Math  Magic Square???
posted by Janel on .
My daughter is in 2nd grade and has a worksheet called Magic 26. It wants her to use the numbers 1 12. Each row, column, and diagonal must equal 26. The four corners and four center numbers must equal 26 too. (example of puzzle below) Please help solve. THANKS!!!!!
{____}xxxxxxxxxxxxxxxxxx{____}
{____}xx{____}xx{____}xx{____}
{____}xx{____}xx{____}xx{____}
{____}xxxxxxxxxxxxxxxxxx{____}

This is the third time you have posted this question since last night. If someone could help you, you'd have been helped already. Please stop posting the same question, over and over.
If there is a math tutor who can help you, he/she will. Please be patient. 
The requirements you spell out do not enable the derivation of a normal magic square. Normal squares have 9, 16, 25, 36, etc. squares using the given digits once. For instance
816
357
492
all rows, columns and diagonals adding to 15 or
115144
12679
810115
133216
all rows, columns and diagonals adding to 25.
While your square appears to have only 12 digits, I think you would be hard pressed to have them arranged so that they sum to 26 when the normal magic square using 16 digits of 1 through 16 adds to only 25. If a digit can be used more than once, perhaps that opens the door to possibilities. It would appear that you have a guess and check game to play here.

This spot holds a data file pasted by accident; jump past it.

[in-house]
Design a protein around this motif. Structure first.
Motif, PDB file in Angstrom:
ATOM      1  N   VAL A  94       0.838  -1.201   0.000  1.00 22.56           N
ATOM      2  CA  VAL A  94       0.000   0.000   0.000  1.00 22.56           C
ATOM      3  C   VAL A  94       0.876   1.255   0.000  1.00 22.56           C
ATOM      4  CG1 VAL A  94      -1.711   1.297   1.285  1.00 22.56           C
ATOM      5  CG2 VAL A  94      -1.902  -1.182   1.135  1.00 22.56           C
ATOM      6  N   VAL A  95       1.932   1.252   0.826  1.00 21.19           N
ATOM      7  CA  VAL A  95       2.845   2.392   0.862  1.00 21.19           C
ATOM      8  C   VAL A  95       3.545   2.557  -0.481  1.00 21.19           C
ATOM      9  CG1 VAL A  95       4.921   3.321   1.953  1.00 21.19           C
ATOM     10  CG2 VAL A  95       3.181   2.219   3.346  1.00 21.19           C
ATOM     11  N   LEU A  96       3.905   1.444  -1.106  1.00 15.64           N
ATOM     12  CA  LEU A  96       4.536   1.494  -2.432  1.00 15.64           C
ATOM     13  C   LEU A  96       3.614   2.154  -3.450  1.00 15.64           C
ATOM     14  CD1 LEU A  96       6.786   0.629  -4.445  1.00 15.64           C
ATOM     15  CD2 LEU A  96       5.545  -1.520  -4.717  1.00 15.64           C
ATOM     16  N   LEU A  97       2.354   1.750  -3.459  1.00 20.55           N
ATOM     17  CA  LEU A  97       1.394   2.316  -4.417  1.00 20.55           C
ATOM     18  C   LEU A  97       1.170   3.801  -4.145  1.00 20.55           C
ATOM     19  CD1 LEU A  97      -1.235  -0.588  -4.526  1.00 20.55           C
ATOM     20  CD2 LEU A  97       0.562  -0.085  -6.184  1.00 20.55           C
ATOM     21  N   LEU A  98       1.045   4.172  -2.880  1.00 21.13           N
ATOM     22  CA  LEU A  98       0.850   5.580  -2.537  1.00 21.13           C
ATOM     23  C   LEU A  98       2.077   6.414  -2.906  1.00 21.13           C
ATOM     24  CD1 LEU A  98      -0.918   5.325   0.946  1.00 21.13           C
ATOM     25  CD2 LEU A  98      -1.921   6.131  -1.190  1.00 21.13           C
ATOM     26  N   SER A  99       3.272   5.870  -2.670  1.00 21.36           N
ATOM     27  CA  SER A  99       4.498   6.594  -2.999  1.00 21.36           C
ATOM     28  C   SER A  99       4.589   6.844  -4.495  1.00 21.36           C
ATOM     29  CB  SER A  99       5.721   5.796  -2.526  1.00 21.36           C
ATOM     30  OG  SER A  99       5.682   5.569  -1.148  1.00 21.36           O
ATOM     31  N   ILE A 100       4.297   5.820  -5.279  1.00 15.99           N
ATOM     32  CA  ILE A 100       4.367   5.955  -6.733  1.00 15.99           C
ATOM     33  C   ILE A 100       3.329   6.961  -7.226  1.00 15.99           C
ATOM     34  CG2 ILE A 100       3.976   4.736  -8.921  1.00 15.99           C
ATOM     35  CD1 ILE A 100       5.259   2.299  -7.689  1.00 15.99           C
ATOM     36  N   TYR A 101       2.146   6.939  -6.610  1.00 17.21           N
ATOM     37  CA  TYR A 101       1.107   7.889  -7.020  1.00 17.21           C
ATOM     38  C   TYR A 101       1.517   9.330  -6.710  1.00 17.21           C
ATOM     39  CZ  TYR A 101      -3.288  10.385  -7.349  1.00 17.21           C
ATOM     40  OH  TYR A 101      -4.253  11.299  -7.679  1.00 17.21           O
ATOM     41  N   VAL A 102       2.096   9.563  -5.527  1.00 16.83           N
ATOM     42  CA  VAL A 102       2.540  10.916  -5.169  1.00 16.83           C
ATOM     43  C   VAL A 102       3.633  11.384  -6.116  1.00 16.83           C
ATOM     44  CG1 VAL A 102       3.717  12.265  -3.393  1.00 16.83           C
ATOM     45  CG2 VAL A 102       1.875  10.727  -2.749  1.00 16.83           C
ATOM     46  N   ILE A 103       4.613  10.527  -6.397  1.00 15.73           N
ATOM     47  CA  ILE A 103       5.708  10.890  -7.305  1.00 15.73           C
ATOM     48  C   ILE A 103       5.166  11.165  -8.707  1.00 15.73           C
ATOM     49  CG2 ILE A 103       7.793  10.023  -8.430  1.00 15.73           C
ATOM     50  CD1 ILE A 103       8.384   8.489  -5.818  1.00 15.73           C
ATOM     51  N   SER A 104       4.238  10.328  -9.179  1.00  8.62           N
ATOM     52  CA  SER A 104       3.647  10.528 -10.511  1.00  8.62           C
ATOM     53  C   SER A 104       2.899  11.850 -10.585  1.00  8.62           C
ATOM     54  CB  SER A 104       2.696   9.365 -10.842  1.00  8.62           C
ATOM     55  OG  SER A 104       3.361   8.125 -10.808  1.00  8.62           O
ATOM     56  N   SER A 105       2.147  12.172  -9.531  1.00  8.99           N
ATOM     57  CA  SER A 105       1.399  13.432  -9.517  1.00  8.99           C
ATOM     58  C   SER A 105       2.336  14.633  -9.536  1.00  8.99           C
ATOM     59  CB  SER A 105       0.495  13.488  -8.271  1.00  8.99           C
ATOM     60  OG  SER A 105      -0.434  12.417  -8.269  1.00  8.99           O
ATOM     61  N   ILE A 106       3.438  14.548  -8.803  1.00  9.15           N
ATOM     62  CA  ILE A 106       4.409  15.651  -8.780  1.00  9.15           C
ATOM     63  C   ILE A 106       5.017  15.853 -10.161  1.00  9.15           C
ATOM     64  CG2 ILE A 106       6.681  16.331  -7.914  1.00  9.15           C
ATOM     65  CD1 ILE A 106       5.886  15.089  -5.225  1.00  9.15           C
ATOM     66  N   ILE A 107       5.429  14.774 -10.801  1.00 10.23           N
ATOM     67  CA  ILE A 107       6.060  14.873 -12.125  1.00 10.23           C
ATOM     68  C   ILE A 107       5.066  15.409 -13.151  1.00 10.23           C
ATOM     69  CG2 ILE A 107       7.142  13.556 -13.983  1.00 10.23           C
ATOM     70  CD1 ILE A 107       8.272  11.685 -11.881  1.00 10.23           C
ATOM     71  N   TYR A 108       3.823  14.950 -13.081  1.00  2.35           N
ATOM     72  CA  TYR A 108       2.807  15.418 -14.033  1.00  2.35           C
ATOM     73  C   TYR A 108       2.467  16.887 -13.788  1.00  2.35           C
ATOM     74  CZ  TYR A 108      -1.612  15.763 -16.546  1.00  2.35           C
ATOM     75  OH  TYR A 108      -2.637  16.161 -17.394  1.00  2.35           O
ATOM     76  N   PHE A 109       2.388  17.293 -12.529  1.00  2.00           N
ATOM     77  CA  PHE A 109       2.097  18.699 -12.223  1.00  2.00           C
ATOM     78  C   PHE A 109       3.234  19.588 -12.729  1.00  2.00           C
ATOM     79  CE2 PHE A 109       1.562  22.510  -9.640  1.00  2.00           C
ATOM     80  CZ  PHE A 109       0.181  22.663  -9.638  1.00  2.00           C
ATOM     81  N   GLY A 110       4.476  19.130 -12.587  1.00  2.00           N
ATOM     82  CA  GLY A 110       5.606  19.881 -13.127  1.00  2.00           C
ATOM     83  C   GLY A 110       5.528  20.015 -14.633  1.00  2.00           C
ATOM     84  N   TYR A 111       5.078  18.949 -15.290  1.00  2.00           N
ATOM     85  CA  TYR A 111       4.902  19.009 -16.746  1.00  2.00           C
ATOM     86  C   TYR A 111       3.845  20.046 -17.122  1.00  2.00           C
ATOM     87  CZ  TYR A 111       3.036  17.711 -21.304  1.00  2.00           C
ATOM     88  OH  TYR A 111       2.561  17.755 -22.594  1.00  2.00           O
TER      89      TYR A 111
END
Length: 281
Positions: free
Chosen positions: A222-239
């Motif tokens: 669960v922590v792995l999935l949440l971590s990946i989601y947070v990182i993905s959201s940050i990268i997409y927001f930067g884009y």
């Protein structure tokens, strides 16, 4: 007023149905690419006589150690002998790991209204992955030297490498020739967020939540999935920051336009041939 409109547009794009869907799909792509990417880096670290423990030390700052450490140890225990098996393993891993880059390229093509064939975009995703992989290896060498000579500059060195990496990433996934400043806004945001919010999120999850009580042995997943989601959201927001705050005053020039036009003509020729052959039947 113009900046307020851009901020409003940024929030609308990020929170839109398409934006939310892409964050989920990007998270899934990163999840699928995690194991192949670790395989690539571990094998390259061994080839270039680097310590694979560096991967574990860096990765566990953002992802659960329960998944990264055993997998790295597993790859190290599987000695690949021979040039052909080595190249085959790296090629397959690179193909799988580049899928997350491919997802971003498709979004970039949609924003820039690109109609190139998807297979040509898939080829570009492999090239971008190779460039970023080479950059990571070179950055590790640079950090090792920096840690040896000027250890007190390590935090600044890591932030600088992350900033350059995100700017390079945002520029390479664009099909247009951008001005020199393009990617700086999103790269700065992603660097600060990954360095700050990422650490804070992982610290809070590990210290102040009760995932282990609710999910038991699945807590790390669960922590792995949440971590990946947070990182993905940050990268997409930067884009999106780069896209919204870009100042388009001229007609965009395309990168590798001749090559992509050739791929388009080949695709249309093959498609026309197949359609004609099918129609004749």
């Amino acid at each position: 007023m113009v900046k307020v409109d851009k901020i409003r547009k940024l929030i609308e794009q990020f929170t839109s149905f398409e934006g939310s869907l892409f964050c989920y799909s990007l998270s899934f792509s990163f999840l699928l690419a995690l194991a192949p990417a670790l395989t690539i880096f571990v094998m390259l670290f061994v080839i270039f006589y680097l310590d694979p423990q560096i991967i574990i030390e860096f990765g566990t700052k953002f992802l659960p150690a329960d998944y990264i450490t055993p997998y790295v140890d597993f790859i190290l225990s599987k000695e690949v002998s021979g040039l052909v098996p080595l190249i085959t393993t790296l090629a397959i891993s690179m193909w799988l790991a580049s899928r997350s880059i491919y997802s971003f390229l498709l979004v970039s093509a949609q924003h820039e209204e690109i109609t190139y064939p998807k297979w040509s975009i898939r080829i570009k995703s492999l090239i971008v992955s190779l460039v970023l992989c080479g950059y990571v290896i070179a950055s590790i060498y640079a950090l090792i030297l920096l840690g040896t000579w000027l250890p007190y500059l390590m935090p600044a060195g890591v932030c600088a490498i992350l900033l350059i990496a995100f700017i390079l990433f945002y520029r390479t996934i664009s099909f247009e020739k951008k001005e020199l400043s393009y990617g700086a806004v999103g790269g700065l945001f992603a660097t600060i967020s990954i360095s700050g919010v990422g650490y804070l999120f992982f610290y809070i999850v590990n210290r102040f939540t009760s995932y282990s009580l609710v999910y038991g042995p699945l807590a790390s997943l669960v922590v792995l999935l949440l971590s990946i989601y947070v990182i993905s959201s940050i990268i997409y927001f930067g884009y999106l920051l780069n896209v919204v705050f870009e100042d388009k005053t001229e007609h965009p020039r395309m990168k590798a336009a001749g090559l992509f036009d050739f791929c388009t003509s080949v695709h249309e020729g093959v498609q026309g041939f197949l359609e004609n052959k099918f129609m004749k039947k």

i need help on home work

my paper has the numbers 8 16 12 9 7 13 14 13 i need to do the sum. what numbers do i use?

bich

Mya is not

Pg 25

From 1 to 12, we have six pairs with sum of 13. (1,12), (2, 11), (3, 10), (4, 9), (5, 8) and (6, 7). Sum of two pairs will be 26. Therefore, playing around with these pairs. Here is the answer:
1 9
5 10 2 7
8 3 11 6
12 4 
Rearrange number again
1  9
5  10  2  7
8  3  11  6
12  4 
Rearrange for correct answer:
1  9
8  10  2  6
5  3  11  7
12  4